There’s a reason Angkor Wat gets thousands of visitors a year. It’s an absolutely amazing collection of ruins from the 9th-12th centuries, and we spent two exhausting days climbing around a bunch of ancient temples. I know, however, that my photographic prowess leaves a lot to be desired, and that if you do a Google Image Search for Angkor Wat, you’ll find thousands of pictures much better than any I could ever take. We stayed in a basic guesthouse in Siem Reap and ate a bunch of standard tourist food, so I didn’t bother taking pictures for the blog. BUT, if you were wondering, I HIGHLY recommend a visit to Angkor Wat! Even if you usually have no interest in ruins, these are pretty amazing to see.
After Siem Reap, we caught a bus to Battambang, which I is Cambodia’s second largest city. The city itself is a little dull, but we had one of the best days of the trip exploring the countryside around it.
If you happen to find yourself in Battambang, go to the Royal Hotel (it’s right near the central market) and ask for Sambath. This is Sambath.
He drives a tuk-tuk and he and his wife teach cooking classes out of their home. He speaks quietly but smiles easily, and has plenty of fascinating stories about his life. He was born near the border with Vietnam in the early 1970s, then moved to a work camp when the Khmer Rouge took over in 1975. His parents sent him to a Wat (Buddhist temple) for school because it was free and they couldn’t afford a regular school, and he ended up driving a tuk tuk in Battambang in the late 1990s. He now has 3 children and a growing business. He’s a pretty remarkable guy.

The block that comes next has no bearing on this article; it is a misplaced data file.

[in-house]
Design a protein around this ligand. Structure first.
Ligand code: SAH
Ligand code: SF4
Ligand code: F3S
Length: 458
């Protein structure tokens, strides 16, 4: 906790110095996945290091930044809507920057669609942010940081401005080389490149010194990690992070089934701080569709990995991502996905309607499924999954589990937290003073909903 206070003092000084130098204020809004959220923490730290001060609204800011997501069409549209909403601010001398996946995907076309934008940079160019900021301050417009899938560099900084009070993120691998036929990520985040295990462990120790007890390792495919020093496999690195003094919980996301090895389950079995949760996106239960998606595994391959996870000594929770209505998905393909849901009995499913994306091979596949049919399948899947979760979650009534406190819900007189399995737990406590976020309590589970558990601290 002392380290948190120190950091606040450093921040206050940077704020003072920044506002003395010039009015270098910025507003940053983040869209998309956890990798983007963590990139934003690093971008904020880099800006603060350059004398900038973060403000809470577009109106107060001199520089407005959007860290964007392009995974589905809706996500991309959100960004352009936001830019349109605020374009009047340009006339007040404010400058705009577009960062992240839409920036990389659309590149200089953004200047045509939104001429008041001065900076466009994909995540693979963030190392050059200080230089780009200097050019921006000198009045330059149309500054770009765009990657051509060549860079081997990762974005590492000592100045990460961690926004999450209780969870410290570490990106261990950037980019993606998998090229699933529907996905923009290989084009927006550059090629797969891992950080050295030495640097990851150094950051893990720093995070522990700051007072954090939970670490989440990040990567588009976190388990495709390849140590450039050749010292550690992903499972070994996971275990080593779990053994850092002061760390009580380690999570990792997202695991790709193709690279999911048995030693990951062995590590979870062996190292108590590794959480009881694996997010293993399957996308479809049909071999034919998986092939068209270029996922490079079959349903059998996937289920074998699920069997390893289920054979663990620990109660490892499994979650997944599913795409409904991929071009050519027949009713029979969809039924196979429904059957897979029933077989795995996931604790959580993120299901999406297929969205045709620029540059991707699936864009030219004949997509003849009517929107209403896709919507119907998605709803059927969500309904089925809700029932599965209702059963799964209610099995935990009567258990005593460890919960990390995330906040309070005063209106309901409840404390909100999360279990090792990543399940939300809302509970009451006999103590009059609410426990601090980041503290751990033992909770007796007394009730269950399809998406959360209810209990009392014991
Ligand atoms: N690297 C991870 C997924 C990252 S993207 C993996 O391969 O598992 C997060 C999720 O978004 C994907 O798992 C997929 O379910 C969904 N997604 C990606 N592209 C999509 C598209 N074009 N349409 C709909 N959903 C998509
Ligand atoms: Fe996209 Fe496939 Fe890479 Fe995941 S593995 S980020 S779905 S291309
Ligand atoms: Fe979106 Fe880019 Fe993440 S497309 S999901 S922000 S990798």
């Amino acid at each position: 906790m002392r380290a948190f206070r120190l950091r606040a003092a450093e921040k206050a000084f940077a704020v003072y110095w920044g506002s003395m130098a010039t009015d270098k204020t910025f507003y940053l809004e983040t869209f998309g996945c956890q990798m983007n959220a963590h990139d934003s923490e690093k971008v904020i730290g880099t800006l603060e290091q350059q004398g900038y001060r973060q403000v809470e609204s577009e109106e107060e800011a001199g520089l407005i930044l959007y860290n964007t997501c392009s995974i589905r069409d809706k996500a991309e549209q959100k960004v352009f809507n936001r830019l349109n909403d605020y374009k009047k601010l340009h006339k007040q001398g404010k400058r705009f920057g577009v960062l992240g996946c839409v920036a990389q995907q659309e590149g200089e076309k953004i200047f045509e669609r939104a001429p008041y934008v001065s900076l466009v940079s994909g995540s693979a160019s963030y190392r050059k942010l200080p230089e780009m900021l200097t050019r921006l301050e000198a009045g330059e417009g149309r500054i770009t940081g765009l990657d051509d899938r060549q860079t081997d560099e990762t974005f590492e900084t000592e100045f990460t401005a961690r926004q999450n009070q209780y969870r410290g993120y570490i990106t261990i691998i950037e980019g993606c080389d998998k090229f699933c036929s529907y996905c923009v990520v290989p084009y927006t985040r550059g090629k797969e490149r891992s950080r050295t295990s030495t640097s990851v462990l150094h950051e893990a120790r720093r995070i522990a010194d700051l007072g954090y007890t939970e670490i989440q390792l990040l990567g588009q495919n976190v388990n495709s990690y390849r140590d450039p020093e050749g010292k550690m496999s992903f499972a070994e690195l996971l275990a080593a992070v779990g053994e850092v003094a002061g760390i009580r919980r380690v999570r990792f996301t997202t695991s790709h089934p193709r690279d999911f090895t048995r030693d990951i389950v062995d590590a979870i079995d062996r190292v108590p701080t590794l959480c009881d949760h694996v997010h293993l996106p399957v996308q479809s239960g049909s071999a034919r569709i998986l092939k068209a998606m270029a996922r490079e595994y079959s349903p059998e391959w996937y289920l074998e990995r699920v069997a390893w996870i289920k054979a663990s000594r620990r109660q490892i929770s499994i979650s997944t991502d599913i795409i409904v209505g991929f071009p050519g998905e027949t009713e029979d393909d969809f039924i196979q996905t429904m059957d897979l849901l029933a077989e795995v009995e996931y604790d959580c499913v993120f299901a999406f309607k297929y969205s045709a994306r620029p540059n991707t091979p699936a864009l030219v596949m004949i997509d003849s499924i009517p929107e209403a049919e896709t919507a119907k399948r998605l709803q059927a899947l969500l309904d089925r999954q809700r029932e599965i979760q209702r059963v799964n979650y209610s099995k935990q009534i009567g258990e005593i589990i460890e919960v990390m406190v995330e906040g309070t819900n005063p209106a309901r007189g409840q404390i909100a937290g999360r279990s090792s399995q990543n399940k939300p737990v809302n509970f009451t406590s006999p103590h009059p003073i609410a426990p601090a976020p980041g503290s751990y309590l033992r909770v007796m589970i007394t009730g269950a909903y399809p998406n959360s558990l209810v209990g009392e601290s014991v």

First, he took us to see how rice paper is made. This is the rice paper that you need to make fresh spring rolls and I had no idea how it was made before today!
Rice is soaked, then ground up and mixed with water to make a mixture that reminds me a lot of Elmers School Glue. This woman spends her days spreading a thin layer on a piece of cloth stretched over some boiling water, covering it for a few minutes to steam, then carefully transferring it to a bamboo rack to dry.
The family makes thousands of pieces of rice paper a day, which they sell to restaurants in town.
After seeing rice paper, we stopped a little ways down the road to see how white rice is separated from the stalk and husk.
It’s awesome to see how little waste there is. The husks are saved to burn as fuel, and the broken grains of rice that aren’t good enough to package and sell are saved to make rice whiskey or be ground up to make rice paper.
Sticking with the rice theme, we stopped in to see a family who makes fresh rice noodles.
Each kilogram of rice noodles brings in about $1 for the family, which are sold to restaurants and at the market in town. These women are packing the fresh noodles to be taken to the market.
On a few of our bus rides, we noticed that a lot of people brought some bamboo with food inside. We asked Sambath about it and he showed us what it is: